What is Sepsis?
Sepsis: you may have heard the term before, but what is it? Sepsis is a life-threatening complication that results from infection and claims the lives of approximately 8 million people internationally each year. Sepsis can be caused by a viral, bacterial, or fungal infection that is improperly treated or allowed to progress without medical intervention. Sepsis is often described as occurring in three stages. It begins with general sepsis, which is the easiest to treat; moves to severe sepsis, which may involve a failing organ; and finally concludes with septic shock, which may result in death. In fact, septic shock causes death in almost half of all cases. Tragically, medical negligence can play a significant part in sepsis cases, acting as the underlying cause of infection, failing to prevent sepsis from progressing, or in the worse cases, leading to septic shock and wrongful death. In this article, we will thoroughly examine sepsis as a condition, as well as the ways in which sepsis-related medical malpractice may cause harm to patients.
What Causes Sepsis?
Although sepsis can occur as a result of any type of infection, the most common infections that lead to sepsis occur in the abdomen, kidneys, and bloodstream. Pneumonia is also a leading cause of sepsis among patients. Notably, infection is the prevailing result of negligence in postoperative care. Patients who are victims of postoperative negligence often succumb to pneumonia, staph infections, and other infections that may lead to sepsis. After a surgery has been completed, the risk of infection is considerable and must be handled appropriately by doctors and medical staff. All surgeries increase a patient’s risk for infection, which is why medical professionals must diligently monitor patients; ensure that all tools and areas are sanitized; and regularly clean and properly dress incisions.
In addition to those who have recently had surgery or other invasive procedures, there are several other populations that are at increased risk for developing sepsis. For example, sepsis is more common in babies, young children, and the elderly. It also occurs more frequently in those who are currently very ill, have compromised immune systems, have injuries or wounds such as burns, or have been placed on intravenous devices such as breathing tubes or catheters.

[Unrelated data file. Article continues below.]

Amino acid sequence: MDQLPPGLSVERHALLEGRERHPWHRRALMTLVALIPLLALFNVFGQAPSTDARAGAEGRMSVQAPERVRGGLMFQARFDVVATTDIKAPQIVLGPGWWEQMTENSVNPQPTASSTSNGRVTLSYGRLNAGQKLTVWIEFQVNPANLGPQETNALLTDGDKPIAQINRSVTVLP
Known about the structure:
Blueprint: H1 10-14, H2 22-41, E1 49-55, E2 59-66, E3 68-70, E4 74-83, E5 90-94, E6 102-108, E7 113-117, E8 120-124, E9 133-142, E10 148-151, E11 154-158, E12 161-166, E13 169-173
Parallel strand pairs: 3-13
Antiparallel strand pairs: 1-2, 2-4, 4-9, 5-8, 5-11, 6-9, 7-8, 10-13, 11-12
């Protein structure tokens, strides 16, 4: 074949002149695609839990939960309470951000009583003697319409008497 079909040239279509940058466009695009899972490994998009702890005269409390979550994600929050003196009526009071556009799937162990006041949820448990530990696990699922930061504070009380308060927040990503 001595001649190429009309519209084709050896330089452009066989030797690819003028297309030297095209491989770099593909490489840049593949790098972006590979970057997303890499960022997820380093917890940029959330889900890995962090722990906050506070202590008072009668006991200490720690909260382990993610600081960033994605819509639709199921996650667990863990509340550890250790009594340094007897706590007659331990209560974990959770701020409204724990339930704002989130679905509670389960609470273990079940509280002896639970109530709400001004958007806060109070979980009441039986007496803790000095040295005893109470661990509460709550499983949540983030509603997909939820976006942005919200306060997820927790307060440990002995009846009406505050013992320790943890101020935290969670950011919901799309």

The Stages of Sepsis
The stages of sepsis are marked by varying degrees of complications and associated danger to the patient. The first stage of sepsis requires certain symptoms to be diagnosed, including: elevated heart rate (higher than 90 beats per minute), increased respiration rate (higher than 20 breaths per minute), and abnormal body temperature (above 101 or below 98.6 degrees F). The first stage of sepsis is the best time for treatment, which is why it is essential that physicians identify the signs and take action as soon as possible. When sepsis moves into the severe sepsis phase, blood flow decreases to vital organs like the heart, brain, or kidneys. It may also lead to blood clots, which can cause tissue damage and organ failure.
A person who is suffering from severe sepsis may have one or more of the following symptoms:
- Confusion, or mental impairment
- Breathing problems
- Abnormal heart rhythms
- Decreased urine output
- Decreased platelet count
- Abdominal pain
The final stage of sepsis is septic shock, which manifests itself in all of the above symptoms, as well as extremely low blood pressure that cannot be corrected by administering fluids. Septic shock is a life-threatening condition that frequently leads to death.
Sepsis Diagnosis and Treatment
When sepsis occurs, timely and aggressive treatment is absolutely essential to the survival of the patient. Doctors have a slew of tests at their disposal to diagnose sepsis, including blood tests, urine samples, wound secretions, respiratory tests, and imaging tests such as X-rays, CT scans, ultrasounds, and MRI’s. When a patient is diagnosed with sepsis, the specific treatment/(s) necessary are determined by the extent to which sepsis has progressed. Intravenous antibiotics, blood pressure medications, steroids, insulin, intravenous fluids, oxygen, and other treatments may be administered to combat sepsis and correct or prevent further complications. Failure to diagnose or adequately treat sepsis can lead to devastating, if not fatal, consequences.
Do You Have a New Jersey Medical Malpractice Case Involving Sepsis?
At Fronzuto Law Group, our highly skilled team of New Jersey medical malpractice attorneys represents victims who suffer harm as a result of postoperative negligence, failure to diagnose, and improper treatment of sepsis. We also aggressively advocate for those who have lost loved ones as a result of septic shock. If you or someone you love has been victimized by medical negligence involving sepsis in New Jersey, contact our North Jersey offices today to discuss your specific situation and learn more about your potential legal options. One of our attorneys will be happy to answer all of your questions and we provide consultations free of charge. Simply call 973.435.4551 today or submit an online contact form to start a dialogue.
Resource: Sepsis, Mayo Clinic